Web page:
2. Many companies have an overly strict review process that requires every single dea pass a number of hurdles before it is implemented. All too often committees reduce the risk of the idea. They seek to protect the company against risk or most likely they seek to protect their own jobs by not sanctioning risk projects. By reducing risk, they are also making an idea more boring, less innovative and reducing the potential reward.
  3. Conversely, an idea can often be pushed to be more audacious, thus increasing its reward potential – but also its risk. Bear this in mind the next time you brainstorm ideas. When you get a few good ideas, don’t stop there. Push the best ideas further.
  4. If an idea is very boring and of low risk, its reward potential is also low. Thus you need to be certain that the cost of implementing the idea will not be greater than the rewards it brings in.

So, the next time you have a business idea, go on and be audacious. Push the idea to the limits and don’t be afraid to go with it.

Creativity – What can I do on Monday?

You’ve heard the talk, read the book, bought the T-shirt but what practical steps can you take on Monday morning to help creativity to flourish?

To start off, here are a few ideas. However with your new found idea generation skills, you should be able to think of lots more.

  • Create space (physical and time) for idea generation
  • By cutting down on non essential meetings
  • Avoiding micro managing staff
  • Allowing time for ‘play’ or to make mistakes (within reason)
  • Allowing interaction between individuals (at the coffee machine or water cooler).
  • Adopt simple techniques for modifying existing products or services
  • Think about having after action reviews to ensure that you avoid re-inventing the wheel.
  • Look at reward systems to encourage know-how to be shared and for salaries and bonuses to promote team working.
  • Hold curiosity meetings where people are allowed to ask ‘What if?’

Small organisations without boards could consider having an informal board of trusted acquaintances who will give advice in return for a meal, say.

Start looking at methods of gathering ideas that will encourage new ideas not just complaints (avoid the baggage of the traditional suggestion box). Ensure that contributions are recognised and that the process is transparent.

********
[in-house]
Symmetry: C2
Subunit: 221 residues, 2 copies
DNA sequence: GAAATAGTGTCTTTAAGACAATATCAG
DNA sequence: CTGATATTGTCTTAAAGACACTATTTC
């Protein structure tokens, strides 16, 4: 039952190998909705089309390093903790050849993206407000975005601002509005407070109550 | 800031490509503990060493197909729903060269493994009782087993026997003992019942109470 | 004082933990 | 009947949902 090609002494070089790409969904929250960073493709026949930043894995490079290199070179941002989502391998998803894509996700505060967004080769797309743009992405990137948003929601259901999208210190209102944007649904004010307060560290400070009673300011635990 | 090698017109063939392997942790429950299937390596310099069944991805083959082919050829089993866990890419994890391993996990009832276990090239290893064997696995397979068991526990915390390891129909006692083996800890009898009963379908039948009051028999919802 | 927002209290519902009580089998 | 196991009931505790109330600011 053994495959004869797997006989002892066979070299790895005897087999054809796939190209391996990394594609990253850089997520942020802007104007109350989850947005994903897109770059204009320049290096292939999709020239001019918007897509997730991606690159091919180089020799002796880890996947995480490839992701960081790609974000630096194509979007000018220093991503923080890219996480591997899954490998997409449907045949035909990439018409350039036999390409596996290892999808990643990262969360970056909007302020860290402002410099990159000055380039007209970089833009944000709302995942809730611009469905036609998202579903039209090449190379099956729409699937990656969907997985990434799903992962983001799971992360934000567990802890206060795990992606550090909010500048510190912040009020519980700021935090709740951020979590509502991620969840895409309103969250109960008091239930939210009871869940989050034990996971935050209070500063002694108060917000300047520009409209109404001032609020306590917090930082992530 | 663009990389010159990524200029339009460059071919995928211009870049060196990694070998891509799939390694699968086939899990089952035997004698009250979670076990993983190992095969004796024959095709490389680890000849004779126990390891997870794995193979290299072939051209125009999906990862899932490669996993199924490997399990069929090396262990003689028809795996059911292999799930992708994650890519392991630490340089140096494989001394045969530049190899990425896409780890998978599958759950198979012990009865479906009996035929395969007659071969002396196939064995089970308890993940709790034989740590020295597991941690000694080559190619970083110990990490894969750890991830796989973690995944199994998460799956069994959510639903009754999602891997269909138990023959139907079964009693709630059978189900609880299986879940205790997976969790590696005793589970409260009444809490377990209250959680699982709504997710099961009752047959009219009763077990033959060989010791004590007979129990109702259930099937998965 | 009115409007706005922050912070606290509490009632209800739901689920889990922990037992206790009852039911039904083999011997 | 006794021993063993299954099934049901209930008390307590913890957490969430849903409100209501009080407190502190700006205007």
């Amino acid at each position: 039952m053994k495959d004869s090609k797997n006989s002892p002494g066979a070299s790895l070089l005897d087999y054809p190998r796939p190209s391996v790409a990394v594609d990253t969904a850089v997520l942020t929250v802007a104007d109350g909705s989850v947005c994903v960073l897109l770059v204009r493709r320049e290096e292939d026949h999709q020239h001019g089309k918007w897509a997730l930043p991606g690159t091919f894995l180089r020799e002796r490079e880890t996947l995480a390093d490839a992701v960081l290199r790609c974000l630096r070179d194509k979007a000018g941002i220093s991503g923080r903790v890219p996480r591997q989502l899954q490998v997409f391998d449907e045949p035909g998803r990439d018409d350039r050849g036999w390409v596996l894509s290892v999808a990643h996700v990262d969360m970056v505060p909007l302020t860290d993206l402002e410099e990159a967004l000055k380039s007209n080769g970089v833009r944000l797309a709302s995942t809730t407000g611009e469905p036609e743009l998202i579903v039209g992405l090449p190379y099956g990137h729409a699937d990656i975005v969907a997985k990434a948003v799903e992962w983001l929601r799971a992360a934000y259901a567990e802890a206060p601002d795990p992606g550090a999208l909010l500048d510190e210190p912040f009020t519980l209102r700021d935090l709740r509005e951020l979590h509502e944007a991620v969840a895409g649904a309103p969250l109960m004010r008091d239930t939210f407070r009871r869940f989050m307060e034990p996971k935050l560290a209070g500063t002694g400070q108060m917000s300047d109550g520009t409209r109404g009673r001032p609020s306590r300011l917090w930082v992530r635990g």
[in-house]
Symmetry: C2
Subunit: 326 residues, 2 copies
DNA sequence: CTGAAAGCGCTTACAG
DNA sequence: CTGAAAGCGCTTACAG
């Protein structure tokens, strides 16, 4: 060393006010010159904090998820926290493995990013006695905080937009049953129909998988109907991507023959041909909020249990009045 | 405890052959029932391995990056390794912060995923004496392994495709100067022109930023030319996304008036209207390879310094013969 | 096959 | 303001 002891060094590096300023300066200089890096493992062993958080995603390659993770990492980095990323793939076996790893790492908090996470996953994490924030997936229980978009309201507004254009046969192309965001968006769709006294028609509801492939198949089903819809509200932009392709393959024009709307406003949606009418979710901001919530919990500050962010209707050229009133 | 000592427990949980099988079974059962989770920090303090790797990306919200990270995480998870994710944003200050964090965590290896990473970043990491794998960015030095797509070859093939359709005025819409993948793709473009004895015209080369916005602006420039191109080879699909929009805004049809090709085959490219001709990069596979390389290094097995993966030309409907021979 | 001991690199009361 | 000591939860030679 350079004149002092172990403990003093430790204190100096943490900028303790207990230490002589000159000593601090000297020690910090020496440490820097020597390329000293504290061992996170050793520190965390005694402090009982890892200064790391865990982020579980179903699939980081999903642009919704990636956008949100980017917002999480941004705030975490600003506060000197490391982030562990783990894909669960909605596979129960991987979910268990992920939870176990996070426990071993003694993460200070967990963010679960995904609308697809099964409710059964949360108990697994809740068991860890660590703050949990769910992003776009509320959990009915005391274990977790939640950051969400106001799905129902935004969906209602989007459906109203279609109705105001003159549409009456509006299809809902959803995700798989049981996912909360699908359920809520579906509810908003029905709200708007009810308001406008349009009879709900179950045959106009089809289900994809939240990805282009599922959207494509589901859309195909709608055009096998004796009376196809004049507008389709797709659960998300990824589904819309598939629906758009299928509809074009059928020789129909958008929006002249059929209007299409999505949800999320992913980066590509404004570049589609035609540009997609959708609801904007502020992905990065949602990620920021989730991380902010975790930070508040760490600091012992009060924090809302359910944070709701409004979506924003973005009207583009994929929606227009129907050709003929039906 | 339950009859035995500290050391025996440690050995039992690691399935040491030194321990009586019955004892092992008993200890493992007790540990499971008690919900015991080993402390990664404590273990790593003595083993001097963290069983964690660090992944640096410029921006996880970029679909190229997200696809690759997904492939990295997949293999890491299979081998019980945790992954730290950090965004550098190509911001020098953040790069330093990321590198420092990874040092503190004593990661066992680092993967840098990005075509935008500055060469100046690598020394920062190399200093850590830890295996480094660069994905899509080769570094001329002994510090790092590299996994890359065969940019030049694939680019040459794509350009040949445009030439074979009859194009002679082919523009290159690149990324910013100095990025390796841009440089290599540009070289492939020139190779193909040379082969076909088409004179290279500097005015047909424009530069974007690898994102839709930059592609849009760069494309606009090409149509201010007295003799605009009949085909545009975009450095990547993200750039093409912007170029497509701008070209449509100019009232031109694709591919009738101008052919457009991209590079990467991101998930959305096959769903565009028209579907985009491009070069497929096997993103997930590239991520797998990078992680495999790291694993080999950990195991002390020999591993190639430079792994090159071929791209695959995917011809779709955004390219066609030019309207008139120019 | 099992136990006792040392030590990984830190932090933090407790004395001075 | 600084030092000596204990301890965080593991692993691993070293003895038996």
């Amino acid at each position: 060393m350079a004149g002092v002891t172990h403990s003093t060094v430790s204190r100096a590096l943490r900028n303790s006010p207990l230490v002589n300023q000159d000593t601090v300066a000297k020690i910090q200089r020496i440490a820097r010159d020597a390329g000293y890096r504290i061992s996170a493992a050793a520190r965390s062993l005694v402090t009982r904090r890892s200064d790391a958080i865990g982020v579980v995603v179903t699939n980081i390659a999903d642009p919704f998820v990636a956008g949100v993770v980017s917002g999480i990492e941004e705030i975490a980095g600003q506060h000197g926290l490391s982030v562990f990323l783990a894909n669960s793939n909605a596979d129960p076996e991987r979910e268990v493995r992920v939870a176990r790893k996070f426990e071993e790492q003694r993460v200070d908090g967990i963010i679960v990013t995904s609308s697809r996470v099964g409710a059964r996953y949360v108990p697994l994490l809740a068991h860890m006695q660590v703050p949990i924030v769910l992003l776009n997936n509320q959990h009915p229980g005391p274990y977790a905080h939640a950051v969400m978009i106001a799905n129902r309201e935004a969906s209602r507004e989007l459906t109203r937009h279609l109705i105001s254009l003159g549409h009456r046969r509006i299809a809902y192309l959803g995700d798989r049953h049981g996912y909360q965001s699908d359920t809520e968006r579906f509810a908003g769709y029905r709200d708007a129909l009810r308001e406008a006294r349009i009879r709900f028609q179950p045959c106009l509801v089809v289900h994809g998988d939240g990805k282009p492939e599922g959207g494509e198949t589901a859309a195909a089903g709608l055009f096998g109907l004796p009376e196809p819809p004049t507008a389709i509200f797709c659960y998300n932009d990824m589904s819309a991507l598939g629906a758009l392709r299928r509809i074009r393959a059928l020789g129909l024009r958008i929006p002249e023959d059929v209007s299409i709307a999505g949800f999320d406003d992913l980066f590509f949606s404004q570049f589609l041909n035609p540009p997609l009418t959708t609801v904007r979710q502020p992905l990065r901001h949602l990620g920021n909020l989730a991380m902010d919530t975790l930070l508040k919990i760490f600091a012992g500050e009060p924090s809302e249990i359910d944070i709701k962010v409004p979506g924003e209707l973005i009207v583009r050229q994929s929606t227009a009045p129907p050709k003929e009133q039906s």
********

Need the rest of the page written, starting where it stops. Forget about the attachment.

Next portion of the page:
So what? You may say, these are not very creative. Well they are if you have been doing something else. Creative or alternative thinking does not mean playing with brightly coloured balls all day long. It means selecting appropriate techniques and methods from as wide a variety as possible and matching them to the task in hand to get the best results possible. Another reason to expand your management toolbox is to engage the widest audience possible. That person who yawns at meetings where documents are discussed might participate where a storyboard is used. Someone whose help you seek may apparently talk in riddles but they may in fact be using metaphor, try using their language.

One other thing to remember, just because the words ‘problem solving’ are used it does not mean that you have to have a problem to be solved. You may need to reframe a situation i.e. get another perspective, either to be able to change it or make sure that you have left nothing out.

Let’s look at the categories that techniques fall into:

Exploring/defining – such techniques can be used to try and find solutions to problems but they can also be used to find out more about an individual or group of people or try to create a shared understanding of a situation with abstract boundaries such as a vision or mission statement.

Idea generation – these techniques do exactly what it says on the tin. Brainstorming type techniques can be used to generate a large number of possibilities whilst nominal group techniques or modelling can create a shared idea amongst a group of people.

Screening – instead of just sitting around trying to vote for a preferred solution or rely on gut feel, there are a number of techniques that can help you such as bullet proofing.

Planning and prioritising – not quite planning in the true sense of the word but some of the screening techniques can help you prioritise and something like a storyboard is actually a plan (but without the small print) which can be turned into a readable document or used as a storyboard for PR or communications purposes.